5 Succulents That Are Hardy to East Texas

5 Succulents That Are Hardy to East Texas

With winter coming up quickly, most succulents will need some sort of protection against the chilly air, or just brought inside where temperatures aren’t so low. However, these 5 succulents are ‘cool’ with the cool air and will be just fine when Jack Frost pays East Texas a visit!


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Euphorbia

With colorful pink, green, or white modified leaves (that look like flowers!) and its blue-green foliage, this low-maintenance perennial is perfect for your beds, borders, or containers. Euphorbia is tough and offers outstanding heat and drought resistance. Instead of showy flower petals, euphorbia has modified leaves, called bracts. This plant is a vigorous grower, reaching 1-3 feet in height and 2 feet in width at maturity, so it can quickly fill a garden space.


Hens & Chicks

Sempervivum are succulent, rosette forming plants belonging to the Crassulaceae family. They are commonly known as Hens & Chicks, and are called this because of the high number of offspring they produce — thus, a Hen and all her Chicks! The main attraction of these plants is their colorful rosettes of leaves. The rosettes are most striking in the spring and summer but even in the winter when growth stops, many varieties remain attractively colored.


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‘Autumn Joy’ Sedum

Sedums have become one of the most popular hardy plants in our area. What’s not to like? They are easy to grow; their thick, succulent leaves make them drought tolerant and they grow in full sun to light shade. Tall, upright sedums form clumps of foliage with massive flower heads which develop in summer and bloom in the fall and then provide food for the birds during the winter.


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Delosperma (Also known as Ice Plant)

Best grown in FULL SUN, Delosperma is an easy-to-grow herbaceous perennial. It can tolerate dry soil, shallow-rocky soil, and even full-on droughts. Glossy red-purple flowers bloom continuously from early summer until fall, and stand out against its fleshy, emerald-green leaves. The bright flower color paired with the long-blooming season and evergreen foliage makes ‘Ice Plant’ an easy choice as a groundcover or for a rock garden. A vigorous grower, Delosperma can reach 3-6 inches in height and a spread of 24 inches (or more!) at maturity.


‘Ogon’ Stonecrop Sedum

A small mass of brilliant, evergreen, solid yellow-gold, succulent foliage flushed with pink provides a bold color accent in rock gardens, along rock walls, or in mixed succulent containers. Makes an excellent pathway filler or ground cover. Does BEST in partial sun, reaching a spread of 8-12 inches at maturity.


Houseplant Care Series: Water & Humidity

Houseplant Care Series: Water & Humidity

While MOST indoor plants need water about once a week, it can vary depending on how old the plant’s root system is, what kind of container/pot it is in, where the plant is placed in your home (and how much sunlight/heat it gets), and also what variety of houseplant it is. Plants placed in a window will get dry faster than those exposed to less direct sunlight.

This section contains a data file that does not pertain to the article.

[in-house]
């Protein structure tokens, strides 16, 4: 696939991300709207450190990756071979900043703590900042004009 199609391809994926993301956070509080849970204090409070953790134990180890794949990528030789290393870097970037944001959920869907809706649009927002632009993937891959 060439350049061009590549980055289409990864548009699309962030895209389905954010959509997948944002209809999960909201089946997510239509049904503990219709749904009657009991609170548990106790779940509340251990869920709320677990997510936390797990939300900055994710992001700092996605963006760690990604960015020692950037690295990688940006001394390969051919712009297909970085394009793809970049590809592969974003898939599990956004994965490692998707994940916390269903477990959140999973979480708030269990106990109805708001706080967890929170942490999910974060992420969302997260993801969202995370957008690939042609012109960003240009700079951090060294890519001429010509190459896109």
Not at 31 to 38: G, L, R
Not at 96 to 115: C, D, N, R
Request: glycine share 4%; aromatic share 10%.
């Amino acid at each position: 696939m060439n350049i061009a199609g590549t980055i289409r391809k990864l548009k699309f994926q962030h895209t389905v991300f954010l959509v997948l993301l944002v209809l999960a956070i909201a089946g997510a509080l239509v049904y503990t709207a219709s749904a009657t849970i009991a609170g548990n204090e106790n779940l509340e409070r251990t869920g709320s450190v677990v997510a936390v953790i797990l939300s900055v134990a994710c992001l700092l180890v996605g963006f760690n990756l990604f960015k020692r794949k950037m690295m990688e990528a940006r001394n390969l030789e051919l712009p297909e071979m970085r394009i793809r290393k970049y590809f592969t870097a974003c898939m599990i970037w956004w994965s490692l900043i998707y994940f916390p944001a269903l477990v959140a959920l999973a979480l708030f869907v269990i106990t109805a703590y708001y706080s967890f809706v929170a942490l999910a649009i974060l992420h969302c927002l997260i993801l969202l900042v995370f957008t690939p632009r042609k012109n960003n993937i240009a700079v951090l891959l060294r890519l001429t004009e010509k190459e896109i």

How do I know my plants need watering? 

Check to see if the soil looks dry, then stick your finger into the soil just about an inch (or to the first joint of your finger) to see if the soil feels moist. While plants should become a little dry between watering, don’t let the plant wilt, that’s way too dry!

Don’t want to get dirt under your fingernails? 

Use a moisture meter to check the moisture level of your plant.  This handy gadget immediately tells you if your soil is dry, moist or wet.  Click here to see how easy and simple it is to tell when your plants need watering.

How do I water my plants?

Use a long-spout watering can to reach all sides of your pot with ease (and to avoid spills). Saturate the soil around each plant with water and continue adding until it begins to run out the drainage hole on the bottom of the pot. Let the plant drain, then dump the excess water from the saucer.

Quick Tip: If the potting mix you use dries out too much, it won’t hold water properly, so the moisture immediately runs out the drainage hole and is not absorbed. If this happens, add the water slowly, giving the potting mix a chance to absorb the moisture.

Benefits of misting my plants?

Because so many houseplants originated from jungles and areas with moist air, they do best when the humidity level is between 30-40% humidity – enough to make your hair frizz! For plants that really need a little extra moisture, misting can be a great way to provide that extra water.

Using tepid (not hot, but not cold) water, mist your humidity-loving houseplants in the morning – so the leaves can dry out during the day. You’ll want to mist on the tops and undersides of the leaves, leaving a ‘dewy’ look to them when you’re done. Some plants can be misted daily, while others only need it once or twice a week. Make sure to research your new houseplant addition to find out what schedule applies to you!

Increasing Humidity for your plant. 

MOST plants thrive in high humidity environments; however, most homes are usually VERY dry in comparison to the outside air.

Here’s the best way to combat this: Place a tray or saucer under your houseplants and fill it with pebbles. Then, add water until the water line is just below the top of the pebbles (not more than this, you don’t want to keep the plant’s ‘feet’ wet) As the water evaporates, it will increase the humidity level around the plant.